• Investigating Effects of Facial Self-Similarity Levels on the Impression of Virtual Agents in Serious/Non-Serious Contexts

    Niwa M., Masai K., Yoshida S., Sugimoto M.

    ACM International Conference Proceeding Series (ACM International Conference Proceeding Series)     221 - 230 2023.03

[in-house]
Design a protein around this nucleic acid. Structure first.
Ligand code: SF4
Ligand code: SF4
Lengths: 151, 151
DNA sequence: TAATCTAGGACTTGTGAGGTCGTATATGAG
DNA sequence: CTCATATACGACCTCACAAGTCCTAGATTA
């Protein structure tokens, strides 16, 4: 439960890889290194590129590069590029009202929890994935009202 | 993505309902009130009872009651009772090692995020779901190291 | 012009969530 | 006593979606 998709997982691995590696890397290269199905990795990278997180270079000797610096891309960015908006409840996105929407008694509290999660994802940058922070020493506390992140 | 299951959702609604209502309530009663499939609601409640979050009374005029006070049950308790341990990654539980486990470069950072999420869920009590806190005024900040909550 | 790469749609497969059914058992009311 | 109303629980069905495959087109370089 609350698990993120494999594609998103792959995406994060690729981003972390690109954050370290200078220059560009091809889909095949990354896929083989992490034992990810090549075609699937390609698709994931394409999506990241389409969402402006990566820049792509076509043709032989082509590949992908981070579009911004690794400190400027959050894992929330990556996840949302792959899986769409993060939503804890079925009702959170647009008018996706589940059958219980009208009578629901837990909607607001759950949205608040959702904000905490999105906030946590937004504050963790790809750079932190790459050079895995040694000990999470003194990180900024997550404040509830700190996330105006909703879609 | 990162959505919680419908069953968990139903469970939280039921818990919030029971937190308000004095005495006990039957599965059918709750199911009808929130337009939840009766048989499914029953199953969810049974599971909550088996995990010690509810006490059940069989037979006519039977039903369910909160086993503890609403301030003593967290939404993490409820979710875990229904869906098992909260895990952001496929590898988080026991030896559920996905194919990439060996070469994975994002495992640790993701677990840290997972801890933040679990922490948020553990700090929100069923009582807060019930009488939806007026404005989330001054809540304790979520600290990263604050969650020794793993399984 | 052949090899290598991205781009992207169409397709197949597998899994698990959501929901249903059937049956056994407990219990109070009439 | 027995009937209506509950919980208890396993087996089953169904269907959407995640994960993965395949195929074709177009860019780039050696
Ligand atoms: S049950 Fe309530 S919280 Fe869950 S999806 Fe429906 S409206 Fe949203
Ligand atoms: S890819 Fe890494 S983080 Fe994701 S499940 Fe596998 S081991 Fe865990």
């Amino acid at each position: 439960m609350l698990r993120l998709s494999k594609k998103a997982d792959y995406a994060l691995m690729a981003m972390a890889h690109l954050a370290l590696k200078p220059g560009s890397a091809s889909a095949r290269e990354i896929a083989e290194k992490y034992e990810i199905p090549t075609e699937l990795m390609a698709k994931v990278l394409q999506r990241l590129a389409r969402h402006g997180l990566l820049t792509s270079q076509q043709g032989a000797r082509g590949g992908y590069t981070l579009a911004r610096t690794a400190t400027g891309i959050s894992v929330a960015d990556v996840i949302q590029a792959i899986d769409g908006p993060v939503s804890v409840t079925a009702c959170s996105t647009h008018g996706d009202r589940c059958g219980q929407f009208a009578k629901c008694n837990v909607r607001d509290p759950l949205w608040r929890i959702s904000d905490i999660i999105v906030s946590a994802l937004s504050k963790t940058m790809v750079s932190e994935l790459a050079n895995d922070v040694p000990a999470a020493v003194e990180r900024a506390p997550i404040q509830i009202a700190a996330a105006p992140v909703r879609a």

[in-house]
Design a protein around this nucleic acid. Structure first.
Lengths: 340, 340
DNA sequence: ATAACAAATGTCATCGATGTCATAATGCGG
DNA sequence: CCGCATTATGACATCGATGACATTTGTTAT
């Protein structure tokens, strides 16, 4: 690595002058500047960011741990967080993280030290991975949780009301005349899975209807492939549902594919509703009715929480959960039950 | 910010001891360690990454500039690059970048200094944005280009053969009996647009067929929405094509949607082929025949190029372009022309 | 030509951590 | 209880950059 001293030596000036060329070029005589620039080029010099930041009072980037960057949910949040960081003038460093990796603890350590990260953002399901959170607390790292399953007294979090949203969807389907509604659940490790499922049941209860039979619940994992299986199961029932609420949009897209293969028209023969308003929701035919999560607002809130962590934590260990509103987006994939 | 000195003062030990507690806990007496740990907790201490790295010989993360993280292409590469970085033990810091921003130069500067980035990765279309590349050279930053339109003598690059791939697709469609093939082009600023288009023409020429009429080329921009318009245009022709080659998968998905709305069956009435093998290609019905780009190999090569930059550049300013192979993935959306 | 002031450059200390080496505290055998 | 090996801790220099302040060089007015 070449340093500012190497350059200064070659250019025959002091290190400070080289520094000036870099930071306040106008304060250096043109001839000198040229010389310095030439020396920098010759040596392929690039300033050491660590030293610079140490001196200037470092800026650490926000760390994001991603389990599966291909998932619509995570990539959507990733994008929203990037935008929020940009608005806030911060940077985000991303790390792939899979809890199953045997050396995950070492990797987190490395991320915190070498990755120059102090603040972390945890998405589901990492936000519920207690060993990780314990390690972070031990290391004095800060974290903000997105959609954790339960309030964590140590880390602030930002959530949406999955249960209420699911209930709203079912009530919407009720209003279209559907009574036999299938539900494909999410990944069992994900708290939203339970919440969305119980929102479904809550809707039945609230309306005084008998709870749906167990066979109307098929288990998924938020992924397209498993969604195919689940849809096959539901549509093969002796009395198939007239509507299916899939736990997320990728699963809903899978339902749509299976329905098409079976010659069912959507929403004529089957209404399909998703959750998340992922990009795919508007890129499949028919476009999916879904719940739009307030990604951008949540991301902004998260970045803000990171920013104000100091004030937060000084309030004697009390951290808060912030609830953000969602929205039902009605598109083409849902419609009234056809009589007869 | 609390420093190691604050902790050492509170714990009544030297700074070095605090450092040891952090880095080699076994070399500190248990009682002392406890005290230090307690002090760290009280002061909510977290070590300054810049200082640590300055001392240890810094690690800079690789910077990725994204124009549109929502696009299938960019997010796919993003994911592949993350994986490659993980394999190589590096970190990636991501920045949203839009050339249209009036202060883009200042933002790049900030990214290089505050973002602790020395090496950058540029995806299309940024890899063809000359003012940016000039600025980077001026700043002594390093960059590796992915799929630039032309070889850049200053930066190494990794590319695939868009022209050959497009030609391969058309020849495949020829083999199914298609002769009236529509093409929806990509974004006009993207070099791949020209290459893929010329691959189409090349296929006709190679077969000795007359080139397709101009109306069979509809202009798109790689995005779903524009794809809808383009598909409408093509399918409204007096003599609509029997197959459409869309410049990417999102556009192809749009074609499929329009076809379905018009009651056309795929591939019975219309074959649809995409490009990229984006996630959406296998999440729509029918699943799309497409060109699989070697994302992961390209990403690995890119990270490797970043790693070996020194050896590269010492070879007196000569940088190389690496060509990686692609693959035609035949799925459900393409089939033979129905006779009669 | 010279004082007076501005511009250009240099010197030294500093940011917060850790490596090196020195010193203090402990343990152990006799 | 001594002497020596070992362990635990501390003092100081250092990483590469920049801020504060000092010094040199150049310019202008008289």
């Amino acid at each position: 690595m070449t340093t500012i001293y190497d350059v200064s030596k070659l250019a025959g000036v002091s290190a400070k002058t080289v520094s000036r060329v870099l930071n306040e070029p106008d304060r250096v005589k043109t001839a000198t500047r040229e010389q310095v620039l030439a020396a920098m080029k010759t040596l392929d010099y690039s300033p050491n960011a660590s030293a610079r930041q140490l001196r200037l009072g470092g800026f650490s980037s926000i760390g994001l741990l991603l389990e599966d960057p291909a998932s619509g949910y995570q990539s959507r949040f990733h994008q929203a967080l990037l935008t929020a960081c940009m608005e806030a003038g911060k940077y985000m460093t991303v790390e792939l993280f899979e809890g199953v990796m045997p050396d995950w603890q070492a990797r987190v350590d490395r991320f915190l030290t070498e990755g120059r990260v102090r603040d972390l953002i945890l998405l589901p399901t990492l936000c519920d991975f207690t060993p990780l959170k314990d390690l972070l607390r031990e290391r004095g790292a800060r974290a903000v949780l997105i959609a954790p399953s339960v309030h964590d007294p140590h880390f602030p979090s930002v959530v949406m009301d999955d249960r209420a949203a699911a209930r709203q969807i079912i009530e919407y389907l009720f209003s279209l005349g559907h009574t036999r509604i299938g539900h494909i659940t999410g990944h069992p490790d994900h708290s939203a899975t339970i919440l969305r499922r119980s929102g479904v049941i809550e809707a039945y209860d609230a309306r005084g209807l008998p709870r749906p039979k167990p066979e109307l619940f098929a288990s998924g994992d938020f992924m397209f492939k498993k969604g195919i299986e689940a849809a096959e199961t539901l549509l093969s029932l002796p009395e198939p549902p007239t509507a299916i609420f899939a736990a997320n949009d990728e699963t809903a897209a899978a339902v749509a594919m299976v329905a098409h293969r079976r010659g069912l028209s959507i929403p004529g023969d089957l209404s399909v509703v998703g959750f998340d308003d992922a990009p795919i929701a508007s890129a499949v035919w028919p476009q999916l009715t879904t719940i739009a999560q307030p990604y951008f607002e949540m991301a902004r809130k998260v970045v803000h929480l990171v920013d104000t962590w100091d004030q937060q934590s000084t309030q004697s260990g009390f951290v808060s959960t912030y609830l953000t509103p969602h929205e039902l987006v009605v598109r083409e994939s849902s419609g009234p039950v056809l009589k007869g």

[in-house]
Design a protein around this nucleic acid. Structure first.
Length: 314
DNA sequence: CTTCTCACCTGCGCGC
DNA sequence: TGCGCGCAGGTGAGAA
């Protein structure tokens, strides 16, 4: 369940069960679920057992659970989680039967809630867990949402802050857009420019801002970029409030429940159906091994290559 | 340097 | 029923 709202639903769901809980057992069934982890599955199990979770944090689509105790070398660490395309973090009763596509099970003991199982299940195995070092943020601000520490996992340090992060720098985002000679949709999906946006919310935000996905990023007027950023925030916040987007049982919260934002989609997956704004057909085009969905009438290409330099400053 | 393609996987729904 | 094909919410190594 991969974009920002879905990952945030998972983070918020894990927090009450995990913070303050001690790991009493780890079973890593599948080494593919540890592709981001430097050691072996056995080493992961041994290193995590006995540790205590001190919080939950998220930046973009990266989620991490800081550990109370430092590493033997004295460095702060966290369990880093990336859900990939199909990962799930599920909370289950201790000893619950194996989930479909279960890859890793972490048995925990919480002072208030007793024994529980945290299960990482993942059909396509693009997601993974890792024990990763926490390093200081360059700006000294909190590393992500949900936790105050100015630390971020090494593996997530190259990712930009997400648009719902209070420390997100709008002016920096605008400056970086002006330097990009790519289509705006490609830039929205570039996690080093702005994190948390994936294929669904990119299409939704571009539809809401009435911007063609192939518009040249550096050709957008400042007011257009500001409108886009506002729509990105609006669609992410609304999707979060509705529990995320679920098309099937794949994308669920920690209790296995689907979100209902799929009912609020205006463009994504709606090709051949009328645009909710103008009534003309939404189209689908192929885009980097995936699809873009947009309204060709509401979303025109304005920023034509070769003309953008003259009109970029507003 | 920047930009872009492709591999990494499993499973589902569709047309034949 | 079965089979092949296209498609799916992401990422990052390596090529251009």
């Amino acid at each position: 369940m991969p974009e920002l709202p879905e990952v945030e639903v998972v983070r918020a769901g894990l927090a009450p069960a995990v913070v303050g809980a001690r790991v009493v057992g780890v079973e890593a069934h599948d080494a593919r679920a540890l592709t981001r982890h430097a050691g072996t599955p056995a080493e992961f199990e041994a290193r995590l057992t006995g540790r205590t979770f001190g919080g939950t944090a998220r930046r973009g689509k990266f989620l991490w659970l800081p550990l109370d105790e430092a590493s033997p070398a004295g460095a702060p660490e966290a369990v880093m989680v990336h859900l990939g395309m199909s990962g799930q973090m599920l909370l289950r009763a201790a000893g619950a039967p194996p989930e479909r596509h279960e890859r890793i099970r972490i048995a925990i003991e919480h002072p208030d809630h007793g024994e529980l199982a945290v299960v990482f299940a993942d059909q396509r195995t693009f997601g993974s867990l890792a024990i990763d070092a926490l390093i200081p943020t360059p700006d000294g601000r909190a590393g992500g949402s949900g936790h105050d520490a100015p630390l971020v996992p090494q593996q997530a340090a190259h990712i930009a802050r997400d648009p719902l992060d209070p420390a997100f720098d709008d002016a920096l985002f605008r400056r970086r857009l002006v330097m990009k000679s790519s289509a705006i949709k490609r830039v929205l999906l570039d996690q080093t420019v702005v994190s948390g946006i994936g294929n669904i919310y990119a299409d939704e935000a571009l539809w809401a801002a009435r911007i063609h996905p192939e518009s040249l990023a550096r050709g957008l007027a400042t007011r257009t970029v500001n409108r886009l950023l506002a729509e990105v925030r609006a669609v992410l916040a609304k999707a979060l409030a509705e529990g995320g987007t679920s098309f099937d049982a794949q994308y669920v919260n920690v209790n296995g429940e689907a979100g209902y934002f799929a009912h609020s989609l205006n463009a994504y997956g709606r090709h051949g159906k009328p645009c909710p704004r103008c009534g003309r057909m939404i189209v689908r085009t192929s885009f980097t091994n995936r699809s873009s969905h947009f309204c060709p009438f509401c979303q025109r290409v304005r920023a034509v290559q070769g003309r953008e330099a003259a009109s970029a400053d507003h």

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    Recent technological advances have enabled the use of AI agents to assist with human tasks and augment human cognitive abilities in a variety of contexts, including decision making. It is critical that users trust these AI agents in order to use them effectively. Given that people tend to trust other people who are similar to themselves, incorporating features of one's own face into the AI agent's face may improve one's trust in the AI agent. However, it is still unclear how impressions differ when comparing agents with the same appearance as one's own and some similarities under the same conditions. Recognizing the appropriate level of similarity when using a self-similar agent is important for establishing a trustworthy agent relationship between people and the AI agent. Therefore, we investigated the effect of the degree of self-similarity of the face of the AI agent on the user's trust in the agent. We examined users' impressions of four AI agents with different degrees of face self-similarity in different scenarios. The results showed that the AI agent, whose similarity to the user's facial feature was slightly recognizable but not obvious, received higher ratings on the feeling of closeness, attractiveness, and facial preferences. These self-similar AI agents were also more trustworthy in everyday non-serious decisions and were more likely to improve people's trustworthiness in such situations. Finally, we discuss the potential applications of our findings to design real-world AI agents.